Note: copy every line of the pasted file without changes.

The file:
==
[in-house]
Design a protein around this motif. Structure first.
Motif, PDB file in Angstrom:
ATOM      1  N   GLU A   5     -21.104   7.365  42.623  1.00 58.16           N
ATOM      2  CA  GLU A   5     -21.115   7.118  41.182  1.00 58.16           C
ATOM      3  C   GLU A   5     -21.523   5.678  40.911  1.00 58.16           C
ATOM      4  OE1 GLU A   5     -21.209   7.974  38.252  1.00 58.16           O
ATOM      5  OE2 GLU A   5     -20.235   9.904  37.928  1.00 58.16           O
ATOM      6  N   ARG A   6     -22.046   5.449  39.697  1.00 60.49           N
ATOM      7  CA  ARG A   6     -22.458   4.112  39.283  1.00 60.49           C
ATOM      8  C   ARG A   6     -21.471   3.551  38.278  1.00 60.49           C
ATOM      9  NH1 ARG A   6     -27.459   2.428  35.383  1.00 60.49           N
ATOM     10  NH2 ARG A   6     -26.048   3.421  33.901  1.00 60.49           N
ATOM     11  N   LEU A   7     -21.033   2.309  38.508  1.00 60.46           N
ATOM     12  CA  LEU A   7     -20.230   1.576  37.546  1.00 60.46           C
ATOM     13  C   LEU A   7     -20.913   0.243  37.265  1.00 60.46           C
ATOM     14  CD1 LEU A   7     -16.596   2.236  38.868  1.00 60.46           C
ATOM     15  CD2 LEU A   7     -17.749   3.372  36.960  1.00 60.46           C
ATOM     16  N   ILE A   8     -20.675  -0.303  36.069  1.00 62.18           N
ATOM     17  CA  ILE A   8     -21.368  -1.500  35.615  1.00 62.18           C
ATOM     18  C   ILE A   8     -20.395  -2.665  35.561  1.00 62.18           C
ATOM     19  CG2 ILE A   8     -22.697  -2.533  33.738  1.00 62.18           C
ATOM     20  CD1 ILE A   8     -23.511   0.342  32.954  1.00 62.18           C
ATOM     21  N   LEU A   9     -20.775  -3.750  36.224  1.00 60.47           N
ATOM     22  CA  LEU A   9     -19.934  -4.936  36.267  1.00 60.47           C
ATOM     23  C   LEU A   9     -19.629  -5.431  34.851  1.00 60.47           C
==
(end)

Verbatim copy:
[in-house]
Design a protein around this motif. Structure first.
Motif, PDB file in Angstrom:
ATOM      1  N   GLU A   5     -21.104   7.365  42.623  1.00 58.16           N
ATOM      2  CA  GLU A   5     -21.115   7.118  41.182  1.00 58.16           C
ATOM      3  C   GLU A   5     -21.523   5.678  40.911  1.00 58.16           C
ATOM      4  OE1 GLU A   5     -21.209   7.974  38.252  1.00 58.16           O
ATOM      5  OE2 GLU A   5     -20.235   9.904  37.928  1.00 58.16           O
ATOM      6  N   ARG A   6     -22.046   5.449  39.697  1.00 60.49           N
ATOM      7  CA  ARG A   6     -22.458   4.112  39.283  1.00 60.49           C
ATOM      8  C   ARG A   6     -21.471   3.551  38.278  1.00 60.49           C
ATOM      9  NH1 ARG A   6     -27.459   2.428  35.383  1.00 60.49           N
ATOM     10  NH2 ARG A   6     -26.048   3.421  33.901  1.00 60.49           N
ATOM     11  N   LEU A   7     -21.033   2.309  38.508  1.00 60.46           N
ATOM     12  CA  LEU A   7     -20.230   1.576  37.546  1.00 60.46           C
ATOM     13  C   LEU A   7     -20.913   0.243  37.265  1.00 60.46           C
ATOM     14  CD1 LEU A   7     -16.596   2.236  38.868  1.00 60.46           C
ATOM     15  CD2 LEU A   7     -17.749   3.372  36.960  1.00 60.46           C
ATOM     16  N   ILE A   8     -20.675  -0.303  36.069  1.00 62.18           N
ATOM     17  CA  ILE A   8     -21.368  -1.500  35.615  1.00 62.18           C
ATOM     18  C   ILE A   8     -20.395  -2.665  35.561  1.00 62.18           C
ATOM     19  CG2 ILE A   8     -22.697  -2.533  33.738  1.00 62.18           C
ATOM     20  CD1 ILE A   8     -23.511   0.342  32.954  1.00 62.18           C
ATOM     21  N   LEU A   9     -20.775  -3.750  36.224  1.00 60.47           N
ATOM     22  CA  LEU A   9     -19.934  -4.936  36.267  1.00 60.47           C
ATOM     23  C   LEU A   9     -19.629  -5.431  34.851  1.00 60.47           C